Repo rate relief "appropriate for the economy and property market"

Private Property South Africa

The decision by the Reserve Bank’s Monetary Policy Committee (MPC) to retain the repo rate at 6% (basic mortgage loan rate of 9.5%) is, while not unexpected, nonetheless a most welcome move according to Samuel Seeff, chair of the Seeff group. This follows on the good news that inflation has held steady at 4.6%.

The recent decision of the US Fed (USA Federal Reserve Bank) to retain its near zero repo rate coupled with the volatility in the Chinese economy provided some support for a flat rate expectation. But, adds Seeff, the recent slump of the rand and poor economic data for the last quarter meant this was one time where we were holding our breaths, especially after the July hike shock.

Consumers and home owners are facing mounting economic challenges and the relief should not be underestimated. When borrowing costs increase, it is not just home loans that become more expensive, there is a knock-on effect on other costs. Consumer confidence tends to dip as does the demand for property. Even cash buyers usually take a more cautious ‘wait and see’ approach. This should then be seen as the appropriate decision for the economy and property market right now. In any event, the July rate hike did little to stem inflation or protect the rand that went into freefall soon after the announcement.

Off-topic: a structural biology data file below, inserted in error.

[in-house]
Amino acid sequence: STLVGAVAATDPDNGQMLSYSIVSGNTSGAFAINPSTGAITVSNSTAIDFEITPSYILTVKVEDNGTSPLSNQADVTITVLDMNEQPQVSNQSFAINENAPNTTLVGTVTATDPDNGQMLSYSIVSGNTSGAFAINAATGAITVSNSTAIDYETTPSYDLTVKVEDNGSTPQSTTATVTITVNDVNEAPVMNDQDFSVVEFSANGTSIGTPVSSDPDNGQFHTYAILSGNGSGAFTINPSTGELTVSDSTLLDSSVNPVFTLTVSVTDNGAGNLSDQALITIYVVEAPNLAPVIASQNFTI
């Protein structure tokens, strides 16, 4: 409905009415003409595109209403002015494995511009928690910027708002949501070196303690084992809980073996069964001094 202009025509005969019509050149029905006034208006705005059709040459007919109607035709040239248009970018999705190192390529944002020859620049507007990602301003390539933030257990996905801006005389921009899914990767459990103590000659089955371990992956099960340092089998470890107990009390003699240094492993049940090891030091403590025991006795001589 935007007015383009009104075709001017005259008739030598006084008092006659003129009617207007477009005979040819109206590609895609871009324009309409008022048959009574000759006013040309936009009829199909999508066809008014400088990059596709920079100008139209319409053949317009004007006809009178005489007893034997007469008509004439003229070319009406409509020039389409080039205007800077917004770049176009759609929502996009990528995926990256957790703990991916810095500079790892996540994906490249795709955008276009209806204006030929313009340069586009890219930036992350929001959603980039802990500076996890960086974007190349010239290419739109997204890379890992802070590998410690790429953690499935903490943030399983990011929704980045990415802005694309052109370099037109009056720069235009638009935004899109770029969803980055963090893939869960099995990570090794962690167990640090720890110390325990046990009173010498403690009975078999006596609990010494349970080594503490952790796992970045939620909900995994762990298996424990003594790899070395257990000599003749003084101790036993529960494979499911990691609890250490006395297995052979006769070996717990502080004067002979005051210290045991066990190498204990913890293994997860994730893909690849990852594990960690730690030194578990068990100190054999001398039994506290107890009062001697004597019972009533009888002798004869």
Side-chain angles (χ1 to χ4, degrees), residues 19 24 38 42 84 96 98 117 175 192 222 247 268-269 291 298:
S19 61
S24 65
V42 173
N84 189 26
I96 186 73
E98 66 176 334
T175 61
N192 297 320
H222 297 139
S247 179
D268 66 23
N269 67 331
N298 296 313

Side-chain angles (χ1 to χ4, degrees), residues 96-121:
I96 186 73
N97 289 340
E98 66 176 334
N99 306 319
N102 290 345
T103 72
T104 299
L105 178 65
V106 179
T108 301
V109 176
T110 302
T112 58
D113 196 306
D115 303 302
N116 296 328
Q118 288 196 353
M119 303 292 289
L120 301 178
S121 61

That aside, we are now heading into the busier summer property sales period as well as the time when and retail sales tend to start peaking. It is therefore vital that there is no upheaval in the economy. Seeff says that we have now had about six weeks of almost no load shedding and this, together with the flat rate should fuel some positive economic sentiment. For the property market, it is good news all-round.

It is an interesting time for the market, he adds. Although activity has slowed, there is no slump on the horizon. Yes, demand and price growth is down year-on-year, but this is to be expected. This notwithstanding, activity in the primary sector and some secondary markets is still at better levels compared to five years ago. We also do not have the flood of distressed properties and second homes to contend with. Many areas are still characterised by stock shortages with new stock very slow to come onto the market. This, coupled with still healthy demand gives us a nicely balanced market. We still see this as a positive phase and expect the good trade to continue into the early part of the new year. As we head into the traditionally busier summer months, it remains a good time to be a seller, provided that price realism prevails.

The flat interest rate provides another opportunity for buyers to still take advantage of the savings on offer. The slowing price growth is a further boost for buyers to find good value. Finally, while we remain in an interest rate hiking cycle, it may well now come a little slower than anticipated


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